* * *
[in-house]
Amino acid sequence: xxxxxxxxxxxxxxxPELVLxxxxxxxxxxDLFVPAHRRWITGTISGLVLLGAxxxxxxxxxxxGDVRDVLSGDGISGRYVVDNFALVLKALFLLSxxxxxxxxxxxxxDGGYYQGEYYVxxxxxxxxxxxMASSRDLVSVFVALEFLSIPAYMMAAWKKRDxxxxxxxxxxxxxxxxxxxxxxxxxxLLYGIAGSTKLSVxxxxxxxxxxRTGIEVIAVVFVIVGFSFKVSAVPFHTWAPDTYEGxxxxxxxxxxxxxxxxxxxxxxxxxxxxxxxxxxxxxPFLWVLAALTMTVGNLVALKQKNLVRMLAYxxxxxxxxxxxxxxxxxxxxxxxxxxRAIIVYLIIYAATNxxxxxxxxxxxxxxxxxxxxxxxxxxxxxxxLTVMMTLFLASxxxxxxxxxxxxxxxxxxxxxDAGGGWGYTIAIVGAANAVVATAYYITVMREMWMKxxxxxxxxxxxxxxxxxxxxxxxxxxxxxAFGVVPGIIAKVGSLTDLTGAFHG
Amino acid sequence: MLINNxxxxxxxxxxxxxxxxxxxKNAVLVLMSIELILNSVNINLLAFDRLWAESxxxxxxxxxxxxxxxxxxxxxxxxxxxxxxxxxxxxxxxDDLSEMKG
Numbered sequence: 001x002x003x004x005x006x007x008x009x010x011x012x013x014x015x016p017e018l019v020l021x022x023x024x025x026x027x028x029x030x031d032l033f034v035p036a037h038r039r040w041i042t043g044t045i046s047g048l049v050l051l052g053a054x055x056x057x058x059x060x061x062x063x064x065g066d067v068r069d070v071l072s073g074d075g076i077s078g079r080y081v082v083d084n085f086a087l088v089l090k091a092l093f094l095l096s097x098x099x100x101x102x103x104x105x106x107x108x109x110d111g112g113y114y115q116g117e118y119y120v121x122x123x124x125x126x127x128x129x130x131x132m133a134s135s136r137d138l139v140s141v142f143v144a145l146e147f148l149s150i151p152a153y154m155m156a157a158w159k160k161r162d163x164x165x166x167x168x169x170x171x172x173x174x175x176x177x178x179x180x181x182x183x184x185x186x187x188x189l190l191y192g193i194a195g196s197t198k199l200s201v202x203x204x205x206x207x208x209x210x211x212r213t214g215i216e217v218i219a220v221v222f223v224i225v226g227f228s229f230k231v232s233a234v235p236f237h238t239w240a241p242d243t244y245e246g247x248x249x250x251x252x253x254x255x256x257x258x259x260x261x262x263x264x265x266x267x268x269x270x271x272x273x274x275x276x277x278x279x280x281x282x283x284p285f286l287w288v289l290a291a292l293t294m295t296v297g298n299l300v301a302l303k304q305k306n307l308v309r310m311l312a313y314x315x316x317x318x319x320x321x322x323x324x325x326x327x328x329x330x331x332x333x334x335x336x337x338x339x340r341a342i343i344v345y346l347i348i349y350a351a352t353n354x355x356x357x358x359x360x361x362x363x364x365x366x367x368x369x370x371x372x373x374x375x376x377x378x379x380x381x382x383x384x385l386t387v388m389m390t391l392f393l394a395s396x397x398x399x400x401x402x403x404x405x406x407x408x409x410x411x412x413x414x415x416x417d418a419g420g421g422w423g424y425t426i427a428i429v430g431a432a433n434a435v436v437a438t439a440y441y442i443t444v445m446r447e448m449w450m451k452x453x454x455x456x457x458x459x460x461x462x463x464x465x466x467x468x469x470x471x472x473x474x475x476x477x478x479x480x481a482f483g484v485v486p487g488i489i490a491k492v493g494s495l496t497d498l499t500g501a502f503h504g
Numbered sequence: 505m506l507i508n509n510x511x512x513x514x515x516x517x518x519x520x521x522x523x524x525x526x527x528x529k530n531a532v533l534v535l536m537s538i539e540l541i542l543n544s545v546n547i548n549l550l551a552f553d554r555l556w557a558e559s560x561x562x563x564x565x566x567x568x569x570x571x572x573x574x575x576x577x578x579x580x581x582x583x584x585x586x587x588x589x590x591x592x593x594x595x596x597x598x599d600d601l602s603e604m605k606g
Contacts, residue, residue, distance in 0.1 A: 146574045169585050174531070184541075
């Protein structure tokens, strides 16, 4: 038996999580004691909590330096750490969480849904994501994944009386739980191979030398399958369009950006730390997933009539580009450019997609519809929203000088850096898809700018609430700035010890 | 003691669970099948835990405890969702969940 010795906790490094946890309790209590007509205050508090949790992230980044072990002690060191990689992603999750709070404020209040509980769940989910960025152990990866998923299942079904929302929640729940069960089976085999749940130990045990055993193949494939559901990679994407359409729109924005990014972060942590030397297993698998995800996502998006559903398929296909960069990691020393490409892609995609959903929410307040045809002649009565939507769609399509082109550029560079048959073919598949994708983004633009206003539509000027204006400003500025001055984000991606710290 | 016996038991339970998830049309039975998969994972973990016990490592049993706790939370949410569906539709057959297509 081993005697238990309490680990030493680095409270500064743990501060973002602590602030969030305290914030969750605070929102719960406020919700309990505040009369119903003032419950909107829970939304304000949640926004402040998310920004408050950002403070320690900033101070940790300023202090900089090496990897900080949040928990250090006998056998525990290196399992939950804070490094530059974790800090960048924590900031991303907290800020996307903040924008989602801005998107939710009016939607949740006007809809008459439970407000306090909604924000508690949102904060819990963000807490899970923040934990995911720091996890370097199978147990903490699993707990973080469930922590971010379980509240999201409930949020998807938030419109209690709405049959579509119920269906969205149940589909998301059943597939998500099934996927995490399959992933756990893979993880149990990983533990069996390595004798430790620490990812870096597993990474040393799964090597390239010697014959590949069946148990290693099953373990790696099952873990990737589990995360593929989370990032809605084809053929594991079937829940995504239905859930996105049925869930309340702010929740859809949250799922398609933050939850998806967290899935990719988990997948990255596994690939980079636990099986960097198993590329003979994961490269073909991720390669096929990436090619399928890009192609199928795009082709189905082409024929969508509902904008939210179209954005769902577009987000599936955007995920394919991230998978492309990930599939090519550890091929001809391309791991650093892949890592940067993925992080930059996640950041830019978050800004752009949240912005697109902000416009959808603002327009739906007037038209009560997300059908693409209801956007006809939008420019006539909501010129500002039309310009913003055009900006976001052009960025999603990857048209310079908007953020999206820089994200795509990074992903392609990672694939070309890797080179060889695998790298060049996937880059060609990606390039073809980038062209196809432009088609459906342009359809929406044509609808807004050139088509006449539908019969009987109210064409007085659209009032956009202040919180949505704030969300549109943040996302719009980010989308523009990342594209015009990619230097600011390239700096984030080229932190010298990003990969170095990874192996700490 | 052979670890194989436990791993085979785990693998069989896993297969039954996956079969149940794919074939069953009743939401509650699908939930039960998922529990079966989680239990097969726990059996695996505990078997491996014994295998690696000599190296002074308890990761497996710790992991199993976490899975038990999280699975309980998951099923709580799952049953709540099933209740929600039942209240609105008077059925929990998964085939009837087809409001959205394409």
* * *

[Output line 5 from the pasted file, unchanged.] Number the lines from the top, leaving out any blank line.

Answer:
Numbered sequence: 505m506l507i508n509n510x511x512x513x514x515x516x517x518x519x520x521x522x523x524x525x526x527x528x529k530n531a532v533l534v535l536m537s538i539e540l541i542l543n544s545v546n547i548n549l550l551a552f553d554r555l556w557a558e559s560x561x562x563x564x565x566x567x568x569x570x571x572x573x574x575x576x577x578x579x580x581x582x583x584x585x586x587x588x589x590x591x592x593x594x595x596x597x598x599d600d601l602s603e604m605k606g